Badb had the ability to foretell the future and make prophecies. Unfortunately, most often, her prophecies were about death, so she was considered a death-bringer goddess. In one case, Badb prophesied the death of a war hero and king named Cormac. During a certain battle against the Connachta, Cormac and his men needed a place to rest.

So they found a hostel to stay in, which was owned by a man named Da Choca. While they were there, they saw an old woman washing bloodied clothes in the nearby river. When they asked her what she was doing, she said that she was cleaning the clothes of a king who was soon to die.

Even later, she appeared to them again, wearing red and having white hair inside the hostel.
It was a horrible, scary sight, and she struck fear into the hearts of Cormac’s men. That very night, the Connachta came to the hostel and killed Cormac. Thus, her prophetic words were fulfilled.

– Badb and Other Connections

It isn’t the first time a character like Badb has appeared in mythology. There are similarities between her and:

  • Cailleach: a Celtic goddess who was also a crone figure, and she controlled winter
  • Catubodua: a Gaelic deity who was also a crow goddess who shared some traits with Badb
  • Banshee: there is some similarity between her and the modern banshee, who is a fairy woman who foretells important or major deaths

Badb in Pop Culture

This character appears in:

  • “A Dirty Job” by Charles Moore
  • “The Phoenix on the Sword” by Robert E. Howard
  • “Secrets of the Immortal Nicolas Flamel” by Michael Scott
  • The comic series “The Wicked + The Divine”

Conclusion

Crow symbol to badb goddess of war and death in celtic mythologyBadb was a crone figure with many powers. She played her role with her sisters often during times of war.

Take a look at the list of main points about Badb covered in this article:

  • Badb was a goddess of war, terror, and prophecy in Celtic mythology
  • In Old Irish, her name means crow, and her official title, Badb Catha, means “Battle Crow”
  • This could be because, after battles, crows and other birds fly down to feed off the flesh of the dead on the battlefields
  • She was sometimes viewed as her own goddess but also sometimes as part of a triple goddess with her sisters
  • The names and the stories have changed and gotten confused over the years, so it’s difficult to know which three names to pin down for the triple goddess
  • The names most often included are Badb, Badb, Macha, Anand, Nemain, Ériu, Banba, Fódla, and the Morrígan
  • They were sisters, and because of their trinity aspect, they were each married to each other’s husbands as well
  • Badb was married to Neit, god of war, and she was also married to the Dagda and the Fomorian king Tethra
  • Badb and her sisters helped the Tuatha dé Danann defeat the Firbolg on Ireland to win control of it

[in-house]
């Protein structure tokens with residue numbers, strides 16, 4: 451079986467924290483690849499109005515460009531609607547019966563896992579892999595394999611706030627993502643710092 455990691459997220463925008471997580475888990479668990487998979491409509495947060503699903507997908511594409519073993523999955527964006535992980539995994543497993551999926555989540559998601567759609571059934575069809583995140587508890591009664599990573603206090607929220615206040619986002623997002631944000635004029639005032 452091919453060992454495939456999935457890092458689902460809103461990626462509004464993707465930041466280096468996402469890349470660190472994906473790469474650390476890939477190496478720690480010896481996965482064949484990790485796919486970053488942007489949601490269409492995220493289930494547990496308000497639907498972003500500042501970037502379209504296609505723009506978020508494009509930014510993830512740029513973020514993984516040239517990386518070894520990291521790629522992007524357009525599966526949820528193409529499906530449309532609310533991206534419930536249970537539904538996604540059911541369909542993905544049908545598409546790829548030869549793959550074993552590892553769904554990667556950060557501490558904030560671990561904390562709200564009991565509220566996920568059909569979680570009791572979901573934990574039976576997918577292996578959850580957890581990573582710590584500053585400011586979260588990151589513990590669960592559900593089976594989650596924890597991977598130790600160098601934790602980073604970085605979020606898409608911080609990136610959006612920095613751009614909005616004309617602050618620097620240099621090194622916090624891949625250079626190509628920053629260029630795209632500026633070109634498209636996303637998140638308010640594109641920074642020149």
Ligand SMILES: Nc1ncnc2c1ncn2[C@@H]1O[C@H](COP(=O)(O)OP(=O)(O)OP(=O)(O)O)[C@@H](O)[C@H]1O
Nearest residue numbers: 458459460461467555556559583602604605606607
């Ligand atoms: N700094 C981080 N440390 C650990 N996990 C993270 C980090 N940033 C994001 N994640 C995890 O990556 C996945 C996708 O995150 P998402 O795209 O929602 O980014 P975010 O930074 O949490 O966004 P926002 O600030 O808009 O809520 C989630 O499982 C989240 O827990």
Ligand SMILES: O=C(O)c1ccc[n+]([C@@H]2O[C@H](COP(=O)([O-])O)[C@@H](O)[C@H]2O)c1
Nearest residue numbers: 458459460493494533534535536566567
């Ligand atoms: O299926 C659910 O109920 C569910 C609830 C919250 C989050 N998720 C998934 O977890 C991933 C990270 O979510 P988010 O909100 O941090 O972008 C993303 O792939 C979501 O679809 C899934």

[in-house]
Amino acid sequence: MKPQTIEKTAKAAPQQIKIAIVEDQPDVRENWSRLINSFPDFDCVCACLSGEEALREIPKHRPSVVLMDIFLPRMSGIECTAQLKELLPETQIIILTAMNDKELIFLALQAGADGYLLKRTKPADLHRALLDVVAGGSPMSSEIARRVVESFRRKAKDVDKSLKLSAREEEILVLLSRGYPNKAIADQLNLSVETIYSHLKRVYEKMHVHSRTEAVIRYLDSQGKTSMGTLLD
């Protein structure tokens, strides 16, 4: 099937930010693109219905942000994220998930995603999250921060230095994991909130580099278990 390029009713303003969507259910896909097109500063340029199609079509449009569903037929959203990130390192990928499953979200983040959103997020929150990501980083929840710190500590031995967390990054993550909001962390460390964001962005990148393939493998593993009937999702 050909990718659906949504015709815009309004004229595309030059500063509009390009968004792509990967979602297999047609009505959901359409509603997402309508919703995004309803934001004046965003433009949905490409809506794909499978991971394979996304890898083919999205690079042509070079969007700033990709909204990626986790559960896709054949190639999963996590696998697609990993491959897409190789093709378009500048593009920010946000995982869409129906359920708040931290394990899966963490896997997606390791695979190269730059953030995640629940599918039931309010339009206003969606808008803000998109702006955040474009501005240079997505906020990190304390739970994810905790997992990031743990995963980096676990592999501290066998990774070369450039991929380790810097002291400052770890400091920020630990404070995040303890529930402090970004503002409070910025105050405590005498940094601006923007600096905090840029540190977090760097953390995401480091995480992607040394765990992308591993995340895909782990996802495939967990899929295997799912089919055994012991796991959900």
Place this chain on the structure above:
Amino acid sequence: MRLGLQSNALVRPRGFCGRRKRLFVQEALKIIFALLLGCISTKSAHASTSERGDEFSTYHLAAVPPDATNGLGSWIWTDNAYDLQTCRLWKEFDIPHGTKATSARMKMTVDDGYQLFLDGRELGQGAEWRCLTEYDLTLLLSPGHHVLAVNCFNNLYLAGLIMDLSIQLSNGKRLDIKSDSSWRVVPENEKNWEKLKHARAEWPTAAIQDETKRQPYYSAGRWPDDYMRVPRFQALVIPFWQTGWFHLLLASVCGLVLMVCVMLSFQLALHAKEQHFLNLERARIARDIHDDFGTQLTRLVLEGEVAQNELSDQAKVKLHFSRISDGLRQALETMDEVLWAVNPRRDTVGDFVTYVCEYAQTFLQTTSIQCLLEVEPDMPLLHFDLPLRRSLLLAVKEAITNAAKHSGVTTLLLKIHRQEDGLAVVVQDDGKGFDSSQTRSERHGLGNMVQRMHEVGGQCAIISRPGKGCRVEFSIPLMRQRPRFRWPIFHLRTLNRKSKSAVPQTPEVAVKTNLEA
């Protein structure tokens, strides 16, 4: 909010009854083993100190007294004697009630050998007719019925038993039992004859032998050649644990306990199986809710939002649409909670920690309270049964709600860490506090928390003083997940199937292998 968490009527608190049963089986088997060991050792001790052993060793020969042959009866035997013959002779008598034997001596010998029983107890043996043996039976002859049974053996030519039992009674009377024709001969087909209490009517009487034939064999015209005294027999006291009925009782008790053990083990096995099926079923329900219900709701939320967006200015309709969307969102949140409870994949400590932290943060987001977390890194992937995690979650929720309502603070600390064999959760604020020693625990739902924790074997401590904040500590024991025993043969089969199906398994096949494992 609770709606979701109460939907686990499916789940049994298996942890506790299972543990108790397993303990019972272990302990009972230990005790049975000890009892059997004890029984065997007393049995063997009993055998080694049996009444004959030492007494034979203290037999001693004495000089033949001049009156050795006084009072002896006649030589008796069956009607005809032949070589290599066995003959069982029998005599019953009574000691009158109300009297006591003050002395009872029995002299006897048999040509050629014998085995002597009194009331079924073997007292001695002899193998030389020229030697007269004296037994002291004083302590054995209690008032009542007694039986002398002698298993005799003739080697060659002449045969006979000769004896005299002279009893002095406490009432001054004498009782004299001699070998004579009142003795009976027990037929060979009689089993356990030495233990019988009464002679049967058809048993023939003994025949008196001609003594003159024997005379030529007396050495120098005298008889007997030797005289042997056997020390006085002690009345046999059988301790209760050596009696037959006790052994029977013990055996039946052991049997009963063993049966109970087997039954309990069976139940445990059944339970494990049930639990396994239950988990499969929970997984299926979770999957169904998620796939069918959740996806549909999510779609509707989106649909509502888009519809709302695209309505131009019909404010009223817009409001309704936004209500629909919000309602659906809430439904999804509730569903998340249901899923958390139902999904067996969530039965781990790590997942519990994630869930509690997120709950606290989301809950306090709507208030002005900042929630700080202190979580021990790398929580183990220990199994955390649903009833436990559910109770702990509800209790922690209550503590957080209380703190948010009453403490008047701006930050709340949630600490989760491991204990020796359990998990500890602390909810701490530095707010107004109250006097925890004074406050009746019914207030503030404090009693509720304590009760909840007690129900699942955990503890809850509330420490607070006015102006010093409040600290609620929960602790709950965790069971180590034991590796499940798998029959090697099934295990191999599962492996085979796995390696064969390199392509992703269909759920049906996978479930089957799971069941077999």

• They used mist to cause fear, confusion, and chaos, and the Tuatha dé Danann were victorious
  • Then the Dagda asked the sisters for a prophecy before the next battle
  • They said that the Tuatha dé Danann would win control of the island, and so the gods could go into battle with the Fomorians with confidence
  • Against the Fomorians, the gods began to fight, but the sisters came and screamed terrifying prophecies at the Fomorians
  • They were pushed back into the sea, and the Fomorians lost
  • Badb also had a magical cauldron in the Otherworld, which she used to bring people back to life if they so wanted
  • In Celtic mythology, one could be reborn as a human or as an animal
  • The story goes that after the battles, she and her sisters would eat the flesh of the dead in the form of crows, and they would travel to the Otherworld
  • These souls were given a choice whether or not they wanted to remain in the Otherworld or be reborn
  • Most times, people would choose rebirth, and they would go into the cauldron where Badb would stir it, and then they would be reborn
  • Badb also prophesied the death of King Cormac. He even saw her washing his bloody clothes in the riverside just before his opponent killed him
  • Badb is similar to other goddesses like the Cailleach and Catubodua
  • She is also like the mythological character of a banshee, a fairy woman whose appearance predicts death
  • She appears in many books such as “A Dirty Job” and “The Phoenix on the Sword”

Out of her sisters, Badb was the crone figure while her other sisters were younger-looking, and her age and wisdom were her strengths. She could also shape-shift, and many times in myths, she appeared as a crow with a terrifying cry.

She had so many abilities and powers, and it was interesting that she used much of her strength to turn the tide of important battles. Once again, in pagan mythology, women are playing key roles in politics and world changes.